To The Woman Who Felt The Need To Correct My Ten Year Old At A Concert

I know it’s a wonderful thing to listen to classical music live.

That’s why I brought my nearly–11 and just-turned–13 year old sons to the school auditorium for the 2pm Sunday performance.

And I know it’s annoying when people distract you.

This is why I’m sure you’ll have noticed (since you were obviously watching us) that I was silently correcting my 10 year old when he got fidgetty: stilling his hands with mine, making sure he wasn’t kicking the seat in front, quietly prompting him between pieces as to how many more movements were still to come.

What Went Down

Towards the 1 hour 10 minute mark, I admit he was moving around a lot. I’m sorry it distracted you. It distracted me too, especially as I felt a responsibility to correct him over and over again, so that he wasn’t disruptive.

Having got to the last piece in the concert, you felt you needed to lean forward and tell him that there was only one piece left, with the unspoken “so for goodness’ sake sit still” hanging in the air.

Thanks.

Thanks for making me really uncomfortable.

Thanks for making me miss most of the last piece as I tried to figure out how much we had annoyed you, or whether you were trying to be supportive. And wondering why you waited until the short, last piece to make your displeasure known.

I’ll bet you didn’t notice the way my boy was squeezing my hand in time with the music. Or the way he shared your chuckle of glee when the motif from the first piece came around again at the end, in a piece by a completely different composer.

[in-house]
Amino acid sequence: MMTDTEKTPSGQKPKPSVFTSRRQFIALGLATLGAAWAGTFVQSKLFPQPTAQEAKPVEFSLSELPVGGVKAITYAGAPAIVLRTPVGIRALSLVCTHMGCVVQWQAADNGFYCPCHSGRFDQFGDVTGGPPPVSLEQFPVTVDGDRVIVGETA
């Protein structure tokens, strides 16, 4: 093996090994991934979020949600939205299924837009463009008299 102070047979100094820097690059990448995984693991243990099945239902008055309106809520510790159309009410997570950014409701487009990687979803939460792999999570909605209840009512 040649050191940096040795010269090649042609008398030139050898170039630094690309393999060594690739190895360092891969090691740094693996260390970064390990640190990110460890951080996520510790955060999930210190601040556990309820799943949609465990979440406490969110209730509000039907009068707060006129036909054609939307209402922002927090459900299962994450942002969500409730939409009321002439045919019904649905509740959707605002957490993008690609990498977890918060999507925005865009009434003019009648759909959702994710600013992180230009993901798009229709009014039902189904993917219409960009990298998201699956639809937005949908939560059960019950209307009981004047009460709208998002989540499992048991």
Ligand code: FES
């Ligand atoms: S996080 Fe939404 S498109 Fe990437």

I’ll bet you didn’t consider that I’m trying to bring my boys up to be well-mannered, cultured, and excited by the passions of others (wasn’t the violinist amazing, by the way?).

What The Future Holds

I know it’s annoying to be distracted during a concert.

I also know that I was one of the youngest people there, not counting my boys. And I’m 43.

If we want live orchestral music to survive as a form, we need to make concerts (afternoon concerts, at that!) a hospitable place for people with children and for first-time concert-goers. The soloist did. Remember? He told us to go out to the bathroom whenever we needed to; he wouldn’t mind. He said he’d cue us when to clap and, when we got it wrong, he laughed and said “We’ll take it!”. He was the perfect host.

Without people like me — paying full price and bringing along the next generation of fans — orchestras will not survive.

So. I will continue to take my kids to this regional orchestra’s Sunday afternoon concerts in the middle school auditorium. And yes, the 13 year old will read his book for a while. Yes, the 11 year old will fidget towards the end of a long concert without breaks. And then, one day, they’ll be ready for the big city orchestra’s Saturday night concerts, where they will pay big money to hear amazing music, I hope, for the rest of their lives.

If, that is, there are enough people willing to brave the tutters and the sighers to keep orchestras alive that long.